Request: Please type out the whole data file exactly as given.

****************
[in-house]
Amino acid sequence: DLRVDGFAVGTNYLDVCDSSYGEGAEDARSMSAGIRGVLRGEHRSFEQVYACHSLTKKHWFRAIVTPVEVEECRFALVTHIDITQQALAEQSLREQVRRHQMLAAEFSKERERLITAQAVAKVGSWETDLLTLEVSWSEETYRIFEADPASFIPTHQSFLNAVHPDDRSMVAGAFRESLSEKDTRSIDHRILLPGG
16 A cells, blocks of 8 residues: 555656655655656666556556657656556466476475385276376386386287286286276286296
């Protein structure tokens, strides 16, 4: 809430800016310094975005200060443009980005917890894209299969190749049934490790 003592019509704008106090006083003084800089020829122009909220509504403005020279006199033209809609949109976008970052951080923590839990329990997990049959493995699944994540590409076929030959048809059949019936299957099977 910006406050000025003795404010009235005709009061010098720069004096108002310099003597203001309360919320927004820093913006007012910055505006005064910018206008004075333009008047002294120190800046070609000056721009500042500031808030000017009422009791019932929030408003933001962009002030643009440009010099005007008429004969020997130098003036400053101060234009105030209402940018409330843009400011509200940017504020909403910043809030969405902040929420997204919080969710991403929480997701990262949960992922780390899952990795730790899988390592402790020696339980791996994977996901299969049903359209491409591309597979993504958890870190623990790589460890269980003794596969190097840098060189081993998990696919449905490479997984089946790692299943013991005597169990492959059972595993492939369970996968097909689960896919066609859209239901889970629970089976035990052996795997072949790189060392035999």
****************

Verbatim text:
[in-house]
Amino acid sequence: DLRVDGFAVGTNYLDVCDSSYGEGAEDARSMSAGIRGVLRGEHRSFEQVYACHSLTKKHWFRAIVTPVEVEECRFALVTHIDITQQALAEQSLREQVRRHQMLAAEFSKERERLITAQAVAKVGSWETDLLTLEVSWSEETYRIFEADPASFIPTHQSFLNAVHPDDRSMVAGAFRESLSEKDTRSIDHRILLPGG
16 A cells, blocks of 8 residues: 555656655655656666556556657656556466476475385276376386386287286286276286296
């Protein structure tokens, strides 16, 4: 809430800016310094975005200060443009980005917890894209299969190749049934490790 003592019509704008106090006083003084800089020829122009909220509504403005020279006199033209809609949109976008970052951080923590839990329990997990049959493995699944994540590409076929030959048809059949019936299957099977 910006406050000025003795404010009235005709009061010098720069004096108002310099003597203001309360919320927004820093913006007012910055505006005064910018206008004075333009008047002294120190800046070609000056721009500042500031808030000017009422009791019932929030408003933001962009002030643009440009010099005007008429004969020997130098003036400053101060234009105030209402940018409330843009400011509200940017504020909403910043809030969405902040929420997204919080969710991403929480997701990262949960992922780390899952990795730790899988390592402790020696339980791996994977996901299969049903359209491409591309597979993504958890870190623990790589460890269980003794596969190097840098060189081993998990696919449905490479997984089946790692299943013991005597169990492959059972595993492939369970996968097909689960896919066609859209239901889970629970089976035990052996795997072949790189060392035999």